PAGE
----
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What’s in the December Issue of the Journal of American History?

The December issue of the Journal of American History is now available online and in print. Included are articles by Rachel A. Shelden and Erik B. Alexander, Vanessa May, Ronnie A. Grinberg, and Daniel Immerwahr’s Editor’s Choice article, “Burning Down the House: Slavery and Arson in America.” The pieces explore a range of topics, including gender and neoconservatism, slavery and arson, frameworks for understanding nineteenth-century party politics, and post–World War II child labor, youth employment, and social welfare. The issue also features reviews of books, movies, and digital and public history projects.

Previews

Rachel A. Shelden and Erik B. Alexander argue that our understanding of nineteenth-century politics has been hindered by a framework known as the party system model, which offers a view of parties as top-down institutions focused on capturing the national government. Reliance on this framework has resulted in a fragmented understanding of the century’s politics. Shelden and Alexander propose a new understanding of nineteenth-century politics based on party fluidity. Nineteenth-century parties were fundamentally unstable organizations, operating within a constantly shifting partisan landscape that was federal rather than national. Americans used this fluid partisan atmosphere to battle over questions about who could govern and how, and who was a legitimate member of the body politic.

Slaveholders, from George Washington to Jefferson Davis, accused the people they enslaved of setting fires. This was a particularly serious charge in America, where the wooden landscape made fires uncommonly destructive. But were slaves lighting those fires? Historians have been divided, some seeing arson as a crucial, much-used “weapon of the weak,” others arguing that slaves took the blame for accidental fires. Daniel Immerwahr examines quantitative evidence and concludes that not only was it likely that enslaved people set some of the South’s largest fires, but these fires should rank among the most important insurrections in American history. Enslaved arsonists did not just torch cities; they haunted antebellum politics and helped spark the Civil War.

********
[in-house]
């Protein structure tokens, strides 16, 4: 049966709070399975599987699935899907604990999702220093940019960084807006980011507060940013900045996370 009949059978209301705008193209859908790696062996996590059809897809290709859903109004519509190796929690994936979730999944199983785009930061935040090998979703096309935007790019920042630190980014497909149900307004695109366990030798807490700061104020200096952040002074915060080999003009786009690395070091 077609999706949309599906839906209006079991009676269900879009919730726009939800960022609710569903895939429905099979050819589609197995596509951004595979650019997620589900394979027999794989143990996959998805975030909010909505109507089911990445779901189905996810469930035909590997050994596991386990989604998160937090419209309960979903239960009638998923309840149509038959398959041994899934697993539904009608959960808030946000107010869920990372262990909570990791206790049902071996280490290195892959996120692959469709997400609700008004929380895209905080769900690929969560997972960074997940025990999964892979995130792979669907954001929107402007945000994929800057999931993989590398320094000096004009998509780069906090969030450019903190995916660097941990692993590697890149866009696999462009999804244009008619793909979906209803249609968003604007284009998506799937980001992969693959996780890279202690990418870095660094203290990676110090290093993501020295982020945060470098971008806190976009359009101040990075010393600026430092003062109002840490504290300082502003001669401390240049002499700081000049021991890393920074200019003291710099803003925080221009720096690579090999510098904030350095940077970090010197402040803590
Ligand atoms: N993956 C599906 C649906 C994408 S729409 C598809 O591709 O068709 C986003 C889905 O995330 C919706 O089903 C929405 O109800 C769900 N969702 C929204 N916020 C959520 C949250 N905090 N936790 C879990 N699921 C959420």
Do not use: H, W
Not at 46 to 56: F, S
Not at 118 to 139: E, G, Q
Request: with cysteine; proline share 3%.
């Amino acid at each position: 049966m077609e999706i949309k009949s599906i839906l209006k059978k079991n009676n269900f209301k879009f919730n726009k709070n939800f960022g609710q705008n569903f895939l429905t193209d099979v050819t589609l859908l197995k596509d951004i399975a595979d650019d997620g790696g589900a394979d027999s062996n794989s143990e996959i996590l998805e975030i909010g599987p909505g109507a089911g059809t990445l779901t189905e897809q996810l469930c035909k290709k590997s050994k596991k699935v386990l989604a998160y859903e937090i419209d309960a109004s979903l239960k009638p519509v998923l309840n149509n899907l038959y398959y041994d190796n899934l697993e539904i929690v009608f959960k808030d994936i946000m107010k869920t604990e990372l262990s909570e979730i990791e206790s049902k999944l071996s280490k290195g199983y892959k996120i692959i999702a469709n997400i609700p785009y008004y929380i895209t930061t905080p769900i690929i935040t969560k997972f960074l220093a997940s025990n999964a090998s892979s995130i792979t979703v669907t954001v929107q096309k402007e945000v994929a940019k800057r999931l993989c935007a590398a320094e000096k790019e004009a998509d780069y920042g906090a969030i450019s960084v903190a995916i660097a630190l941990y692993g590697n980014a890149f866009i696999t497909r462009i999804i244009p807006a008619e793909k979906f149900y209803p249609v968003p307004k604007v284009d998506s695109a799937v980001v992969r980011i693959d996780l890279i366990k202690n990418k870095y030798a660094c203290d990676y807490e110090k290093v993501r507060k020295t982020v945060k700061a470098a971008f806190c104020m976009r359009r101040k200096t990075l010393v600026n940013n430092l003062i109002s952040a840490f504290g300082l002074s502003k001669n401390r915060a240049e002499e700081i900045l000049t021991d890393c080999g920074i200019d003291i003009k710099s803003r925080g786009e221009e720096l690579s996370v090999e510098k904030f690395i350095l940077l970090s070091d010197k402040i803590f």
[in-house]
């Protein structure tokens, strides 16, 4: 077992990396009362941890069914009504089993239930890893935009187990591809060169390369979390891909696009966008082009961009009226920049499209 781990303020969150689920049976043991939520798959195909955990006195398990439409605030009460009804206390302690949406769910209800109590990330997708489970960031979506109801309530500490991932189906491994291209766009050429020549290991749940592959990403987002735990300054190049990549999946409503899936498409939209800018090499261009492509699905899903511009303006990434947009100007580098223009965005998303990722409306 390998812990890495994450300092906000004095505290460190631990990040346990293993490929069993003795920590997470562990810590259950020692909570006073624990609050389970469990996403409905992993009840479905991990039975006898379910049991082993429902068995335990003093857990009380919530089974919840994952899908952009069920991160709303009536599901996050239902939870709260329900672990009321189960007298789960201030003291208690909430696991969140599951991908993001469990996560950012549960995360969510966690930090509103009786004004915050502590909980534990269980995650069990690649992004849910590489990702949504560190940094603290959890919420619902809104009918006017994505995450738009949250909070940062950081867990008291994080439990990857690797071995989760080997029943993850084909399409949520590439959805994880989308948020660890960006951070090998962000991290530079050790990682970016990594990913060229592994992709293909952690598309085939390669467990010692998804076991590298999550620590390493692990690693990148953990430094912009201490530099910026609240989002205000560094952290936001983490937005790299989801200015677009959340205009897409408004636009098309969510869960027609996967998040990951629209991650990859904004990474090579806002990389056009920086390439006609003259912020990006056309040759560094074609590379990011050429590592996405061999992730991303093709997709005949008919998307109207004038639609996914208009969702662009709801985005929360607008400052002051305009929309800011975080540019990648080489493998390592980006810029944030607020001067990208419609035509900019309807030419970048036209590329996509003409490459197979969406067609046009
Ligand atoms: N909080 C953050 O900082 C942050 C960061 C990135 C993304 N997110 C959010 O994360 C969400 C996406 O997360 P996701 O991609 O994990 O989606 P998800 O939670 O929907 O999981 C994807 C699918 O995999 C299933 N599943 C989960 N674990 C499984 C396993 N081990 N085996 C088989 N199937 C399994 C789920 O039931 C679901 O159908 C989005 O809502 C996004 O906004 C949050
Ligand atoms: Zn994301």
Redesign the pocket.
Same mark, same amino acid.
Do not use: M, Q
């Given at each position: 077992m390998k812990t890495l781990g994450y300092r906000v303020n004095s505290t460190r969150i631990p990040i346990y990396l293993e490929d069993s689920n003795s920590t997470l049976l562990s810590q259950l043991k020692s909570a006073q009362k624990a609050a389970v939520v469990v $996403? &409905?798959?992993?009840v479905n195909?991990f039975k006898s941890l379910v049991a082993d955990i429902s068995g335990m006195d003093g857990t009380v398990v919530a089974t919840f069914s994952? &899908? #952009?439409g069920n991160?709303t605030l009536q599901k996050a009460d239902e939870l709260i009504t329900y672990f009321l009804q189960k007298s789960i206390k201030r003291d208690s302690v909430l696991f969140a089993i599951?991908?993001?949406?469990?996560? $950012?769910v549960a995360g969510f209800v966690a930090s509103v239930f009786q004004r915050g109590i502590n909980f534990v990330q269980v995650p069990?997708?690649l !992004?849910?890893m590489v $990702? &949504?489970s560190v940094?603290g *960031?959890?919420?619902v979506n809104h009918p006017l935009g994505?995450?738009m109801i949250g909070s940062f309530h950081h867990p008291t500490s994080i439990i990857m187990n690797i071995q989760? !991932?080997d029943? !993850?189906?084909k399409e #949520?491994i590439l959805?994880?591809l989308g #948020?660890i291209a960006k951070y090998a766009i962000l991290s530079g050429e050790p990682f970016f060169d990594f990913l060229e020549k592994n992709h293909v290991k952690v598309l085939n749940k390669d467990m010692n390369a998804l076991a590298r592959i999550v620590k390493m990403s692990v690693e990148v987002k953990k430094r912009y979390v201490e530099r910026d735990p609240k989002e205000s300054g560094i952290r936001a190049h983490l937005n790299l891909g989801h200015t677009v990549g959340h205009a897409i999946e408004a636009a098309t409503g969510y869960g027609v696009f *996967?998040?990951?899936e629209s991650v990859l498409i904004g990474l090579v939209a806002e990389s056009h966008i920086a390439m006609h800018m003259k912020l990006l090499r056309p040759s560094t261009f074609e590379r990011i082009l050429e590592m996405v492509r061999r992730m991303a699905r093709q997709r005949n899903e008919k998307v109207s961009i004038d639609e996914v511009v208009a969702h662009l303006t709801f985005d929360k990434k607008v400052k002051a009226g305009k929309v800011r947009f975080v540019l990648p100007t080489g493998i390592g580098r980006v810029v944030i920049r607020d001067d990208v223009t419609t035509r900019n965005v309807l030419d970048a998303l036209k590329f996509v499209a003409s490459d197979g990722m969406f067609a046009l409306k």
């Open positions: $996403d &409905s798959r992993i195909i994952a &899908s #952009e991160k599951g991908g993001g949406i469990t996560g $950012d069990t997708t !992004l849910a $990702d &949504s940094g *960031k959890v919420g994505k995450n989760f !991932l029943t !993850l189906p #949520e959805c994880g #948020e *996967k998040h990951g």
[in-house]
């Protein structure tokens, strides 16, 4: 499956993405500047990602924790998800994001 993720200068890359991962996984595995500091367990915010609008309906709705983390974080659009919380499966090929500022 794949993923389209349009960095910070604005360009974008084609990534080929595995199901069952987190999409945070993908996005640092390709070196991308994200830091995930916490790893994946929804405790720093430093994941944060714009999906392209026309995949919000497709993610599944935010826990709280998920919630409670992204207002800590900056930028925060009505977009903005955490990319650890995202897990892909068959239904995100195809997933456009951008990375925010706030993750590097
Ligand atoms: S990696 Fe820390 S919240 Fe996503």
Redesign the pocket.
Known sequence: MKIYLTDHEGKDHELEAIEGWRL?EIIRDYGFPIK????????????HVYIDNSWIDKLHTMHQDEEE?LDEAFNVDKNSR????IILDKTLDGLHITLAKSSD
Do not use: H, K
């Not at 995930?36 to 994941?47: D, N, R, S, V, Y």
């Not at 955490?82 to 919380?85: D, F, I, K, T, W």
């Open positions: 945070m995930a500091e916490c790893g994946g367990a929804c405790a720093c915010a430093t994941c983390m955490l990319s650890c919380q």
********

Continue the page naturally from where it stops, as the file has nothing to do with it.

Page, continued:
Vanessa May explores the 1950s-era decline of policy makers’ and reformers’ support for social welfare protections for women and children and its effect on child labor and youth employment programs. She argues that in the 1950s, child labor reformers and other child-welfare experts gradually moved away from advocating policies aimed at protecting children from labor exploitation and toward programs that prepared youth for paid work. This shift was reflected in 1960s jobs programs, which sought to communicate the value of work to mostly Black and Hispanic young people. Considering how critics of child labor framed the issue in the 1950s and how jobs programs built on these ideas in the 1960s demonstrates the slow demise of labor protection as a social welfare strategy after World War II and reveals the far-reaching effects of this abandonment of social welfare protections on the lives of Black and Hispanic poor and working-class youth and their families.

Ronnie A. Grinberg examines Midge Decter, a prominent neoconservative and antifeminist writer. Neoconservatism initially referred to liberal intellectuals who shifted politically rightward in the late 1960s. Decter’s writings, however, highlight how anxieties about gender long undergirded what became a neoconservative politics. Informed by midcentury revisionist Freudianism, which advocated “maturity” through heterosexuality and marriage, Decter began writing “conservatively” on women, sex roles, and sexuality in the late 1950s. By the late 1970s, her writings bolstered a “family value” politics that came to define the New Right, and she played an important role integrating the wings of the postwar Republican party.

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